RootsTech 2014

Some people eat, sleep and chew gum, I do genealogy and write...

Sunday, August 17, 2014

More Questions about Terms and Conditions

I got a couple of readers who called my attention to a post by The Ancestry Insider entitled, "Ancestry.com New Terms and Conditions." Like the Ancestry Insider notes, I am not an attorney, but on the other hand, I was one for almost 40 years. My opinions about the subject of terms and conditions in general have been expressed in a number of posts in the past. But it has been a long time since I got into the subject of the terms and conditions of the online genealogy database programs.

If you have little or no background in law, the terms and conditions attached to websites probably are a bunch of mumbo jumbo and you probably ignore them completely. If you use the online program, you have no choice but to agree to the terms of use. The only other option is to decline to use the program. Terms and conditions of use are not unique to Ancestry.com, in fact, they are generally used by all of the larger online programs and almost universally used by software companies in general. If you are disturbed by terms and conditions, you might as well get over it because they are everywhere.

Now, the real question is this, what do terms and conditions mean and should you be worried about them? First it is important to note that these types of licenses and agreements are possibly contracts of adhesion. A adhesion contract is defined as a standard form contract between two parties, where the terms and conditions of the contract are set by one of the parties, and the other party has little or no ability to negotiate more favorable terms and is thus placed in a "take it or leave it" position. See Wikipedia: Standard form contract. The enforcement of such contracts has been the subject of a huge number of legal cases and the decisions of the courts around the United States vary from state to state.It is not the idea of a "standard form contract" that is the problem, courts in the United States have found those to be enforceable. The problem is when surprising or unexpected terms are inserted and then enforced.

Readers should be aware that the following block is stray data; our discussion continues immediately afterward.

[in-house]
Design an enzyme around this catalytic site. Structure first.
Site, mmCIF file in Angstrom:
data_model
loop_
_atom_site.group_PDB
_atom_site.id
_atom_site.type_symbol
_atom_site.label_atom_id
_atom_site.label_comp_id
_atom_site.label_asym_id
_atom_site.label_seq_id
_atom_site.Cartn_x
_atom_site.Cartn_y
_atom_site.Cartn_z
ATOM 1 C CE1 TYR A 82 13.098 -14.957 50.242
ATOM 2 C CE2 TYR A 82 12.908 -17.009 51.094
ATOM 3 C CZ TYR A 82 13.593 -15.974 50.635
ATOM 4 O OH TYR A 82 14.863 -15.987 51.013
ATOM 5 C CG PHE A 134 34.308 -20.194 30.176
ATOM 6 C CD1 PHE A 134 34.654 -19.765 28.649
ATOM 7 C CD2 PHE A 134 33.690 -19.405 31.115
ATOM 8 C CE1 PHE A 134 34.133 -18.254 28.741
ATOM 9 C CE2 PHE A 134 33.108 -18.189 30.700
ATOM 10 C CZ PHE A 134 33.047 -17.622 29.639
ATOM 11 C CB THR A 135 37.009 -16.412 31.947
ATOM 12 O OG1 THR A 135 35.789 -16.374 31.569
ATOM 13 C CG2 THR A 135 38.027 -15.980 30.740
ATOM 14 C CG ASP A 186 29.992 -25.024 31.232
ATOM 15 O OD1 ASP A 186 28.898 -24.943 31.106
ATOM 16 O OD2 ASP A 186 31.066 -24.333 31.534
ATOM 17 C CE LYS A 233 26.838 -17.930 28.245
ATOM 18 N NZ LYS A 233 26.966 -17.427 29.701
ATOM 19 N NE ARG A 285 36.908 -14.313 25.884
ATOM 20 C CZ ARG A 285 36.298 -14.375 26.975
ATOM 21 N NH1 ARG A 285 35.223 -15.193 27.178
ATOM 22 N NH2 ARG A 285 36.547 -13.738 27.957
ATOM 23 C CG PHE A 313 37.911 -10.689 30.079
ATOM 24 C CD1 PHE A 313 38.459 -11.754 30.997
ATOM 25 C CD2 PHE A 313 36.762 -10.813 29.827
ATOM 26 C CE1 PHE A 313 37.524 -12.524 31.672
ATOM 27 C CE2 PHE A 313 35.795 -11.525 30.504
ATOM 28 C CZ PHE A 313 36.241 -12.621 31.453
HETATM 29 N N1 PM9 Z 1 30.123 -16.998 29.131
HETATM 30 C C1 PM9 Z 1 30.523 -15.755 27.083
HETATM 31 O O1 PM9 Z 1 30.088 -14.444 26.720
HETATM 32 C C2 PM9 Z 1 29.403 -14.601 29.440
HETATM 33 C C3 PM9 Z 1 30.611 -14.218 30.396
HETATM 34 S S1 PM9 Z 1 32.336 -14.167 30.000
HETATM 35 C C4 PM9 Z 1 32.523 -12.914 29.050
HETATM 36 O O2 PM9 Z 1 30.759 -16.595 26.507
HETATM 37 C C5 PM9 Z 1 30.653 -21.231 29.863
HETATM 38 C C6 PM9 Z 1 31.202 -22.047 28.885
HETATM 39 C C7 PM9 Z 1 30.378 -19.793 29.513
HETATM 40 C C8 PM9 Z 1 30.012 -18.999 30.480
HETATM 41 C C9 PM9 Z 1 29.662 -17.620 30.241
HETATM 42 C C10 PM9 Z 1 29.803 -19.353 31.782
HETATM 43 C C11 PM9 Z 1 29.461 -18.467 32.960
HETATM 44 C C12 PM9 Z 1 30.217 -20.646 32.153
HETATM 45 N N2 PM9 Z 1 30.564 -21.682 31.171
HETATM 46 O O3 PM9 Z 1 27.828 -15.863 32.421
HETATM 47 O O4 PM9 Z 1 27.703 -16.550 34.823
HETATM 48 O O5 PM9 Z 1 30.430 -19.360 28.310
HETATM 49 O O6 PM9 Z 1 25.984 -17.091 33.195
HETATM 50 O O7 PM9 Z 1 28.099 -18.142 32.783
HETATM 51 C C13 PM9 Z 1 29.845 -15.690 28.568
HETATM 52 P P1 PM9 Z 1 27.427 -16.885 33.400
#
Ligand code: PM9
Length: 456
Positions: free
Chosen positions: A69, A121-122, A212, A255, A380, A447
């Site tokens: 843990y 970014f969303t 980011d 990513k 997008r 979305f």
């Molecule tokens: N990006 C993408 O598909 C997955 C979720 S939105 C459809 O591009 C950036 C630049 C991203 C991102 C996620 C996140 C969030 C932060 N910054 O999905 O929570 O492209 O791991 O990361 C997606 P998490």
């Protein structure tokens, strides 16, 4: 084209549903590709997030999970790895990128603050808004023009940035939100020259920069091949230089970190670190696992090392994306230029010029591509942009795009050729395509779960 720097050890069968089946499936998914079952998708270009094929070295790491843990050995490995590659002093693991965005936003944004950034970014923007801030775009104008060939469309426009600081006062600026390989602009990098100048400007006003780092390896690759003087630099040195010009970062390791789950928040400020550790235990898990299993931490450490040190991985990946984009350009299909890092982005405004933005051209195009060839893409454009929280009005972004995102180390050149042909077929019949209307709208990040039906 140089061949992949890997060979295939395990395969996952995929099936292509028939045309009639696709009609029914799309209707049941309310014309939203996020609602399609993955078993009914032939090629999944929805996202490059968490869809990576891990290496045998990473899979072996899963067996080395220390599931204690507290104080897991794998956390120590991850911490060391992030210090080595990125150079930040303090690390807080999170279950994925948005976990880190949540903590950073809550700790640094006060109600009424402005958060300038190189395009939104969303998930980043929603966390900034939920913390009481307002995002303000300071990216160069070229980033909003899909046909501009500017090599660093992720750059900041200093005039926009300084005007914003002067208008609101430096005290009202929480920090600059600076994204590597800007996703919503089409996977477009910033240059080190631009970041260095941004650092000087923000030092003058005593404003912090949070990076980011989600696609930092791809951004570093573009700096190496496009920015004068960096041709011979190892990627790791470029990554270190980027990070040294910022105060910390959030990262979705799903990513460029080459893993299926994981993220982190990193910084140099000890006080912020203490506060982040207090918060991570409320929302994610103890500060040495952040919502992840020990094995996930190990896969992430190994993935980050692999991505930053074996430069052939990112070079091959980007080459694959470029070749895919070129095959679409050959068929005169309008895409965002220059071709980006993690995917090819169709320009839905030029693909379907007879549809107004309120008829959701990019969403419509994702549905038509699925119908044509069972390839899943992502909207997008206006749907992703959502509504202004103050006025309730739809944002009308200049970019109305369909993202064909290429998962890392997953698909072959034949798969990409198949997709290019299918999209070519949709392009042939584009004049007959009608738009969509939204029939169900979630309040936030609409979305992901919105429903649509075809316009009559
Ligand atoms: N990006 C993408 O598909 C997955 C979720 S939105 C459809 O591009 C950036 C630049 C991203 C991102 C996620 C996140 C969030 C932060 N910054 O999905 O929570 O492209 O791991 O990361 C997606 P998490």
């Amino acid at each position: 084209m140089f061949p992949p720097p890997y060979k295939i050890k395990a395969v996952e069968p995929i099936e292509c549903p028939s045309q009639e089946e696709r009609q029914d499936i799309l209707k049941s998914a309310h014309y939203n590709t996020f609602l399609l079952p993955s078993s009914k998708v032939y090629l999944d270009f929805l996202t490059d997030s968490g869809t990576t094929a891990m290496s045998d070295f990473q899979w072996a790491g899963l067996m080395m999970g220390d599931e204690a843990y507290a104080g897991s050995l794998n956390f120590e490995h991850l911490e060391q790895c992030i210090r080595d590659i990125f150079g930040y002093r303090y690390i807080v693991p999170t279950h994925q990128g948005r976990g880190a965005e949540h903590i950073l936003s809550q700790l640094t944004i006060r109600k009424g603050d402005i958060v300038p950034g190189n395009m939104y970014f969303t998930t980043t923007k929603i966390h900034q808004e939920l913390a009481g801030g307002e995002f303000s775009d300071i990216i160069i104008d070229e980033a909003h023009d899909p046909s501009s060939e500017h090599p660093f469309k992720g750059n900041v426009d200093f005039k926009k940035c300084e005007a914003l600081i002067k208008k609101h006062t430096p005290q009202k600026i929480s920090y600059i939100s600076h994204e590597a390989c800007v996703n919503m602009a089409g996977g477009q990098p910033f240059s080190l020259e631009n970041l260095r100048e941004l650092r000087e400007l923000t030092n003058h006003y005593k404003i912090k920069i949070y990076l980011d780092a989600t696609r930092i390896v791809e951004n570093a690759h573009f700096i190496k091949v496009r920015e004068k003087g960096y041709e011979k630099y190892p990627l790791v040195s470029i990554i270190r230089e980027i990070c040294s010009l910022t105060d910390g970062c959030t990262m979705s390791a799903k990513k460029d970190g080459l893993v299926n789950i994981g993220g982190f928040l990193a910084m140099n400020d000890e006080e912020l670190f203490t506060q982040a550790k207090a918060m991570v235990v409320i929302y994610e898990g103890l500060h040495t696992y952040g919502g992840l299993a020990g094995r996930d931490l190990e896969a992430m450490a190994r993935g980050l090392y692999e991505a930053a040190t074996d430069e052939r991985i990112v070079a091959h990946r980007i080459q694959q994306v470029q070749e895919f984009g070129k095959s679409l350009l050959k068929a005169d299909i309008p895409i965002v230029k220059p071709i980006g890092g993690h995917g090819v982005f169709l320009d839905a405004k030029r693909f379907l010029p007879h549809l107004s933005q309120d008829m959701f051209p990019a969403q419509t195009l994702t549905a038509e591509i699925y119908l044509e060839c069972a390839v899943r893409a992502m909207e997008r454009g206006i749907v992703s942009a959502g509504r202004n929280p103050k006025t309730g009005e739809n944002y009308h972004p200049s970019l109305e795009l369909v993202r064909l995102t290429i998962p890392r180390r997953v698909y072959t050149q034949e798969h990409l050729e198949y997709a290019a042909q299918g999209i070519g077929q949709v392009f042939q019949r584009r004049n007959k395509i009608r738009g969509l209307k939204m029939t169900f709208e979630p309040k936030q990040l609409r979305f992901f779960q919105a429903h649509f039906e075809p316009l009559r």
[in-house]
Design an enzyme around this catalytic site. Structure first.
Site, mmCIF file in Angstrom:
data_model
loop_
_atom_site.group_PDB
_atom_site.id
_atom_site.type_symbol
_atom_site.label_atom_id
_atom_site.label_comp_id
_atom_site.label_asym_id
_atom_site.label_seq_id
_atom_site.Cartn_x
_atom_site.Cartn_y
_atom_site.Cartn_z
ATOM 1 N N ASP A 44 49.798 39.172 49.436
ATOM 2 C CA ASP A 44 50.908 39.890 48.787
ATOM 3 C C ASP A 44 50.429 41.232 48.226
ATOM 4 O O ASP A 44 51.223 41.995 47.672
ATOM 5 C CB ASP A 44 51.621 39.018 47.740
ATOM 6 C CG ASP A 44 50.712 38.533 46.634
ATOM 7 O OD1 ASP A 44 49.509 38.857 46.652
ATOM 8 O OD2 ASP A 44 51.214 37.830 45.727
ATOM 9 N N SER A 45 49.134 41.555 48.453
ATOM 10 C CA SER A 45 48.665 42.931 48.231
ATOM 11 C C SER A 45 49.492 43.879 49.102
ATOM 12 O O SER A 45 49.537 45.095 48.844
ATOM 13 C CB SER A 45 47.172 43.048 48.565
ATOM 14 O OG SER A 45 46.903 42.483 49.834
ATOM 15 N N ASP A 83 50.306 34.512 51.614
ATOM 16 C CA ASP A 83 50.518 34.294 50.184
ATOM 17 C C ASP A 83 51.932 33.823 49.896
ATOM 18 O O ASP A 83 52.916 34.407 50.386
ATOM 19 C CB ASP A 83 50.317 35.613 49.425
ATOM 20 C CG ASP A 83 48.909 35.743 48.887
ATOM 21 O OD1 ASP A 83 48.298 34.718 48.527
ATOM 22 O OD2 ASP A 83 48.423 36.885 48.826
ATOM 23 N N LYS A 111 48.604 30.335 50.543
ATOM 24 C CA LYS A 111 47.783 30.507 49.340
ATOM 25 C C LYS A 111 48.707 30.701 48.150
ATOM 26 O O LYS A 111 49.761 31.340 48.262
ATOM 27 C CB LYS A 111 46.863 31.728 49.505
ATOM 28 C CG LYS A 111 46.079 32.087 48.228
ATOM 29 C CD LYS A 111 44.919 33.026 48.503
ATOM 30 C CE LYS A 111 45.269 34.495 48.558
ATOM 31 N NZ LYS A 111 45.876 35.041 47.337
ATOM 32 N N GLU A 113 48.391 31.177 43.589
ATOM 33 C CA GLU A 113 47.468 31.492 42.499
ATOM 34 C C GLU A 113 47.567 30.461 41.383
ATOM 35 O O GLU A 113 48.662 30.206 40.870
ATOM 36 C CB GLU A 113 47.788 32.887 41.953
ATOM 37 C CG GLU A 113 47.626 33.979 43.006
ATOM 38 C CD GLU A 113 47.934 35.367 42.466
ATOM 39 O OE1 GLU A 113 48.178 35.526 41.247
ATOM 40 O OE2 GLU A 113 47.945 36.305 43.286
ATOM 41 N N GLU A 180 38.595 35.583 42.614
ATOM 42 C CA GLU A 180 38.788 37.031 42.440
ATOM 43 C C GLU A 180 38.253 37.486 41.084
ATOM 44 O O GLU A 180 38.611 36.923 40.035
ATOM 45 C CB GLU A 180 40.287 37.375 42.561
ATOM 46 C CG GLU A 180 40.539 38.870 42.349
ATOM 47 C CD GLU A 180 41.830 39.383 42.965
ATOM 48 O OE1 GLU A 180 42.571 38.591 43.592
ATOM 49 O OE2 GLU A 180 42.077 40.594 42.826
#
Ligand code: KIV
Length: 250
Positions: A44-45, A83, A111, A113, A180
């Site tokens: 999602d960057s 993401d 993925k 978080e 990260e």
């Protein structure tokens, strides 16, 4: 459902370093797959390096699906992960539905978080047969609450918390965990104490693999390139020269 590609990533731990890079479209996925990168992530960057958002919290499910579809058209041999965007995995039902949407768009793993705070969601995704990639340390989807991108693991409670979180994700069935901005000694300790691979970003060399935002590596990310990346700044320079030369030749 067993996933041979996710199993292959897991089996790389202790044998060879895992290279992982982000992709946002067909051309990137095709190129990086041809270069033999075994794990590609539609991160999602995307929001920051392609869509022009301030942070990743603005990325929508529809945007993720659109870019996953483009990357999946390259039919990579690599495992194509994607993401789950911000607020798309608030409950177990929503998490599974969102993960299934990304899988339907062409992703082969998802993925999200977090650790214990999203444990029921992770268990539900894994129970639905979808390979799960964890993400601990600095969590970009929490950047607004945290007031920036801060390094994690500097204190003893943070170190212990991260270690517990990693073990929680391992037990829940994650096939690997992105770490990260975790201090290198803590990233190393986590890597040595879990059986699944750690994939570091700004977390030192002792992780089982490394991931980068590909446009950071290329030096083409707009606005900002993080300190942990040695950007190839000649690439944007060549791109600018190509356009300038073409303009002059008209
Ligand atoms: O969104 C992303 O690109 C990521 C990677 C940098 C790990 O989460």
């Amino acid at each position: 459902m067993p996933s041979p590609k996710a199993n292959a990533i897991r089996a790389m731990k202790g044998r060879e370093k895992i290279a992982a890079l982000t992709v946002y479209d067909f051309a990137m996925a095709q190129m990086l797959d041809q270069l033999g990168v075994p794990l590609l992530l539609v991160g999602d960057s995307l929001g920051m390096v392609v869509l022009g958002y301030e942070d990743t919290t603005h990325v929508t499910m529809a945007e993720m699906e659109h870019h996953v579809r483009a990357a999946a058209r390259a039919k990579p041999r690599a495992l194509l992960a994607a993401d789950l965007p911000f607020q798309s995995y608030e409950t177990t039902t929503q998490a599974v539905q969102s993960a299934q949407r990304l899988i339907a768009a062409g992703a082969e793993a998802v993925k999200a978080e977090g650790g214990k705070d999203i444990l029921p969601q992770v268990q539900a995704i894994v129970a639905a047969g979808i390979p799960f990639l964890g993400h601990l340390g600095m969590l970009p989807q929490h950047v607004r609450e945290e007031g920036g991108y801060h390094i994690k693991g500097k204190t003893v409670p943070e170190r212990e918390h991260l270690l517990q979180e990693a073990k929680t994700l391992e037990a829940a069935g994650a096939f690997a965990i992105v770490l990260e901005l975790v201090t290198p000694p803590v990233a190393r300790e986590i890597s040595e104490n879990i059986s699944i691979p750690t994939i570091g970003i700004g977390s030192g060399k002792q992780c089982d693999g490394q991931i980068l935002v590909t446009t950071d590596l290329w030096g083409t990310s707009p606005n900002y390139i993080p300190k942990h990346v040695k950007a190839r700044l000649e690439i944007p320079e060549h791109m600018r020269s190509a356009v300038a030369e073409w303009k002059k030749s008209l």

Should you be worried? General awareness of the legal background of using computer software, either online or desktop is probably a good idea. In my personal opinion, if any software company, including the online genealogy companies, began strictly enforcing their terms and conditions against all users, they would be out of business within a short period of time. Why would these companies publish terms and conditions that are either difficult or impossible to enforce and which are possibly highly detrimental to their business interests? I can answer the question in one word: attorneys. The corporate attorneys think this stuff up to "protect their clients' interests" without a thought about the impact the provisions might have on that same business. If they were in a real negotiation with an opposing party represented by an attorney, these agreements would be far less restrictive and more pertinent to the real legal issues involved. But since there is in reality, no one on the other side of the terms and conditions issues, the attorneys are given free rein to say whatever comes to mind.

The serious problem with these terms and conditions is that if you violate the terms and conditions of use of your software you could be subject to a legal action and could not only lose the ability to use the software but could also be subject to a claim for damages. The possibility of this happening is completely determined by the individual circumstances of each case. There is no way, if I were an attorney, that I could tell you to completely ignore these terms and conditions. On the other hand, the practical reality is that the possibility of there being an actual legal case is very, very low for any one user.

Without doing a huge amount of legal research, I could not personally say whether the provisions outlined by the Ancestry Insider were or were not enforceable and I am not going to take the time to do such research because I am retired from practicing law and do not intend to spend my time looking stuff up for free. If there is an attorney out there who is still practicing who would like to take on Ancestry.com and the rest of the large companies, be my guest.

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